• Use (available on your computer and on your phone) to get the latest on state road conditions, or call 511.
• Remember, in winter conditions (or in summer’s fire season), roads can be impassable, so USE COMMON SENSE.
• If you are not familiar with an area and current road conditions, stay on state roads and don’t attempt detours onto roads you don’t know.
• Alter your travel plans.  If you are not sure of the route and road conditions your GPS device directs you to, ask local folks for information and consult a map. It is better to stay the night in town rather than be stuck on a remote road in the middle of nowhere.

What we will do
• ODOT crews work continually to keep state highways safe, but during certain conditions, such as blowing snow and freezing temperatures, you may want to avoid travel altogether.
• ODOT will issue media flash alerts if roads are closed. These will be updated continually on

6. Mindset for Happiness

Ever a figure of interest and respect in the history of U.S. presidents, Abraham Lincoln seems to have been a keen observer of human behavior and a pragmatic viewer of the skills of others as he went about the business of keeping a nation together, before, during and after – however briefly – a wrenching civil war.

Lincoln also had a fine grasp of that most uncommon of senses – common sense. He once said, “Most people are about as happy as they make up their minds to be.” One hundred and fifty-odd years later, cognitive researchers have scientifically proven that Lincoln was correct.

Now the word “cognitive” simply means having to do with thought or perception, and cognitive psychologists operate on the principle that it is your thoughts, not external events, that create your moods and the way you view your days, your work, your relationships – your life.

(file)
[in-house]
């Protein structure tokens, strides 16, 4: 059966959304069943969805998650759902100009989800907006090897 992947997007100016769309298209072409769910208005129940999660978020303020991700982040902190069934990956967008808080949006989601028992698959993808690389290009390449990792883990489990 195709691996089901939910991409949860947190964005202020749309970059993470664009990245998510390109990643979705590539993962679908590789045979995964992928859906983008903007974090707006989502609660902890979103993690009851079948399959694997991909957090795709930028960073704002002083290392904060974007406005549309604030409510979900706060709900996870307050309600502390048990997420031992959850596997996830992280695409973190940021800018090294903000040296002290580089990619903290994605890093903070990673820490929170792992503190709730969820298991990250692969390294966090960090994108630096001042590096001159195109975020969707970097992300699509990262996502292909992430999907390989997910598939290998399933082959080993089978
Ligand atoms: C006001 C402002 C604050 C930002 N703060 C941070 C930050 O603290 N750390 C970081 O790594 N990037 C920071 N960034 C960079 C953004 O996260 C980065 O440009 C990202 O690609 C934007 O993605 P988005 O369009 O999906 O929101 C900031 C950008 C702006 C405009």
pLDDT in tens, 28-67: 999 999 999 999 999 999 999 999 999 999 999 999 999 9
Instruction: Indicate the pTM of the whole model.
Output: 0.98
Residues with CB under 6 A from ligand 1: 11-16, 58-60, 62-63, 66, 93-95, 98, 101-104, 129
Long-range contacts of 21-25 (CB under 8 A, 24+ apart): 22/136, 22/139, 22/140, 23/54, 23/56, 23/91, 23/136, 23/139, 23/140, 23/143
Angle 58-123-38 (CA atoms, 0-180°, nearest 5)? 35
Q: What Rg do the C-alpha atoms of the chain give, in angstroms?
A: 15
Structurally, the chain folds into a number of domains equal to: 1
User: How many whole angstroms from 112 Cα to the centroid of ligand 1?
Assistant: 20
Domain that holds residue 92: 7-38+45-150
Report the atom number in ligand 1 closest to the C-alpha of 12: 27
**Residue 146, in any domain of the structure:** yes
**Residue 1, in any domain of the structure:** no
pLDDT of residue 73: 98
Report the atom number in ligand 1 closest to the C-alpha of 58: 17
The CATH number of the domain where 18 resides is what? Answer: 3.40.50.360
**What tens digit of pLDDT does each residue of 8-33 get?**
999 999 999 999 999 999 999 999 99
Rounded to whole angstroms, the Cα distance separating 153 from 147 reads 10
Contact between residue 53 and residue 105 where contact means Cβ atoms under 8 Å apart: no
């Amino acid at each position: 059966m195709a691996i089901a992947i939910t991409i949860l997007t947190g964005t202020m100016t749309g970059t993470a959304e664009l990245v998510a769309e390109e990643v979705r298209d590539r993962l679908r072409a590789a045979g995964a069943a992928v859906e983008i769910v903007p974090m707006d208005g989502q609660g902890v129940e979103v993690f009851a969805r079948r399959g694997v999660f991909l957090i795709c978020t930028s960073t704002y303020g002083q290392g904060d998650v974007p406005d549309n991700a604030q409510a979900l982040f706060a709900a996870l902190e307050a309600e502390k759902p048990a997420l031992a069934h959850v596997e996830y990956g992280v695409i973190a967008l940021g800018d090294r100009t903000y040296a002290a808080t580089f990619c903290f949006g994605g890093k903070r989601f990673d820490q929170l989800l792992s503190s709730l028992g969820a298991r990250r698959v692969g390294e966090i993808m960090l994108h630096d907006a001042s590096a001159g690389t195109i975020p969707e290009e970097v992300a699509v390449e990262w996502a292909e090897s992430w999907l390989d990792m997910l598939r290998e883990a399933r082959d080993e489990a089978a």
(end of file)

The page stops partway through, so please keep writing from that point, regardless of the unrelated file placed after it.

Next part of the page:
In other words, it’s not so much what happens to you, but rather how you respond to what happens to you that determines how you feel. And that’s a “mindset,” something we have the opportunity to create for ourselves.

You see, the good news is that you can learn to respond in ways that create success and happiness instead of failure and depression. You can learn to spot your negative thoughts and stop them in their tracks, and you can learn to substitute more useful thoughts in their place.

You see, you have already learned how to create your current moods and attitudes, so you can unlearn them as well. Millions of people around the world have done the same, and there is no special college degree required. The information is out there, but you must take accountability for seeking it out and using it – and for making the changes you need to make in order to grow.

As the saying goes, “There’s no time like the present.” Choose your mindset, and watch how your life changes, dependent on the mindset you choose. ~The Pacific Institute

7. All County Prayer Meeting, Dec. 5

The All County Prayer Meeting is Wednesday, December 5 @ the Wasco Methodist Church. Fellowship starts at 6:30 PM, Pray time starts at 7:00 PM and ends at 8:30 PM. Everyone is welcome to come and join the meeting, come and join in when you can get there and stay as long as you can. Thank You, Red Gibbs

8. Links: Things to Think About & Things to Do

The 28 Best Map Based Strategy Board Games You’ve Probably Never Played

What Americans Must Know About Socialism